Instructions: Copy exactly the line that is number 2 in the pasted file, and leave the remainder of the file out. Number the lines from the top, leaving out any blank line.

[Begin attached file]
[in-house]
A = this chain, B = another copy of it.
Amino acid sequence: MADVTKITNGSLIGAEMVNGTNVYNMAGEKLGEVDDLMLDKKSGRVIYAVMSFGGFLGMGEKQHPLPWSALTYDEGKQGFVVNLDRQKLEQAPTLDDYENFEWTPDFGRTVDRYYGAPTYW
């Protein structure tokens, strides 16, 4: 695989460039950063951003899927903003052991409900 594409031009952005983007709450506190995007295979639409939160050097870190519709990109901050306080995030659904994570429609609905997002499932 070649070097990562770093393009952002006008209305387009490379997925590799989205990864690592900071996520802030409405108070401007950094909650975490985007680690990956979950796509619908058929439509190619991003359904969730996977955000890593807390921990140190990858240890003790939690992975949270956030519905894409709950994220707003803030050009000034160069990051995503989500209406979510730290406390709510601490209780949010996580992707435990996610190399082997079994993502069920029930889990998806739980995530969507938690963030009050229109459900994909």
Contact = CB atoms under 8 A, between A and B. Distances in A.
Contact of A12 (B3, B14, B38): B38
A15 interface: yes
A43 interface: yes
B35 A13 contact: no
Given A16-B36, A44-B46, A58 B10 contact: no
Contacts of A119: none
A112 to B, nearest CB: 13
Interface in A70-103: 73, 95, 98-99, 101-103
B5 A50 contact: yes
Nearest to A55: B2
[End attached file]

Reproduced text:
A = this chain, B = another copy of it.